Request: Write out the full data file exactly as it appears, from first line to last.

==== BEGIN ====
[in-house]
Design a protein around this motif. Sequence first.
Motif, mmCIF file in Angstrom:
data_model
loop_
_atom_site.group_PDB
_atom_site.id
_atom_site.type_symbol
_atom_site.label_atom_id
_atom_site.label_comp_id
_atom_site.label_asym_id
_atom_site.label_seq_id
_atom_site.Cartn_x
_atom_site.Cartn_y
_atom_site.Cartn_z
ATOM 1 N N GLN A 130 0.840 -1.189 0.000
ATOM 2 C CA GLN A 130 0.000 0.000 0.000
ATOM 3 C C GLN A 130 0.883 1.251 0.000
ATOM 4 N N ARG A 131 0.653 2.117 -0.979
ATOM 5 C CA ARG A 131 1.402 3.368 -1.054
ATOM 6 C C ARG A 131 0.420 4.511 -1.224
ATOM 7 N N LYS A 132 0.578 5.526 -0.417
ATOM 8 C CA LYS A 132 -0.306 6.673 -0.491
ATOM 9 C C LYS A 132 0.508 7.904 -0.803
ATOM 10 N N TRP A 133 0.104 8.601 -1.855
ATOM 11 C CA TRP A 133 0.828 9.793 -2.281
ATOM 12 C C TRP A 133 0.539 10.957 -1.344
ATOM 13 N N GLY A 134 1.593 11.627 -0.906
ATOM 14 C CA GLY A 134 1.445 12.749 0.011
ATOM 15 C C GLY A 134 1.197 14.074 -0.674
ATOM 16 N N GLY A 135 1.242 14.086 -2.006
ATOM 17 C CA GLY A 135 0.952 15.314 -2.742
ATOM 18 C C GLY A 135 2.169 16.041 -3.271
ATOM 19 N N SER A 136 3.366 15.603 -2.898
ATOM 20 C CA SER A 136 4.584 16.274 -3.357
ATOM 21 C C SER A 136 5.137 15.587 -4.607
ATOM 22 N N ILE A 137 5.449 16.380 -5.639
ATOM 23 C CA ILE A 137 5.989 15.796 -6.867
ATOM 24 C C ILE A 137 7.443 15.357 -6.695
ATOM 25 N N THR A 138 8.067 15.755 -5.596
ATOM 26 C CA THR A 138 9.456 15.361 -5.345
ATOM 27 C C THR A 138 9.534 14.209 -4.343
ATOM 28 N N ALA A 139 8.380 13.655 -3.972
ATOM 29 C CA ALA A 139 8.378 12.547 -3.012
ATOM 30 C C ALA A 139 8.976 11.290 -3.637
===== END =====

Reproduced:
[in-house]
Design a protein around this motif. Sequence first.
Motif, mmCIF file in Angstrom:
data_model
loop_
_atom_site.group_PDB
_atom_site.id
_atom_site.type_symbol
_atom_site.label_atom_id
_atom_site.label_comp_id
_atom_site.label_asym_id
_atom_site.label_seq_id
_atom_site.Cartn_x
_atom_site.Cartn_y
_atom_site.Cartn_z
ATOM 1 N N GLN A 130 0.840 -1.189 0.000
ATOM 2 C CA GLN A 130 0.000 0.000 0.000
ATOM 3 C C GLN A 130 0.883 1.251 0.000
ATOM 4 N N ARG A 131 0.653 2.117 -0.979
ATOM 5 C CA ARG A 131 1.402 3.368 -1.054
ATOM 6 C C ARG A 131 0.420 4.511 -1.224
ATOM 7 N N LYS A 132 0.578 5.526 -0.417
ATOM 8 C CA LYS A 132 -0.306 6.673 -0.491
ATOM 9 C C LYS A 132 0.508 7.904 -0.803
ATOM 10 N N TRP A 133 0.104 8.601 -1.855
ATOM 11 C CA TRP A 133 0.828 9.793 -2.281
ATOM 12 C C TRP A 133 0.539 10.957 -1.344
ATOM 13 N N GLY A 134 1.593 11.627 -0.906
ATOM 14 C CA GLY A 134 1.445 12.749 0.011
ATOM 15 C C GLY A 134 1.197 14.074 -0.674
ATOM 16 N N GLY A 135 1.242 14.086 -2.006
ATOM 17 C CA GLY A 135 0.952 15.314 -2.742
ATOM 18 C C GLY A 135 2.169 16.041 -3.271
ATOM 19 N N SER A 136 3.366 15.603 -2.898
ATOM 20 C CA SER A 136 4.584 16.274 -3.357
ATOM 21 C C SER A 136 5.137 15.587 -4.607
ATOM 22 N N ILE A 137 5.449 16.380 -5.639
ATOM 23 C CA ILE A 137 5.989 15.796 -6.867
ATOM 24 C C ILE A 137 7.443 15.357 -6.695
ATOM 25 N N THR A 138 8.067 15.755 -5.596
ATOM 26 C CA THR A 138 9.456 15.361 -5.345
ATOM 27 C C THR A 138 9.534 14.209 -4.343
ATOM 28 N N ALA A 139 8.380 13.655 -3.972
ATOM 29 C CA ALA A 139 8.378 12.547 -3.012
ATOM 30 C C ALA A 139 8.976 11.290 -3.637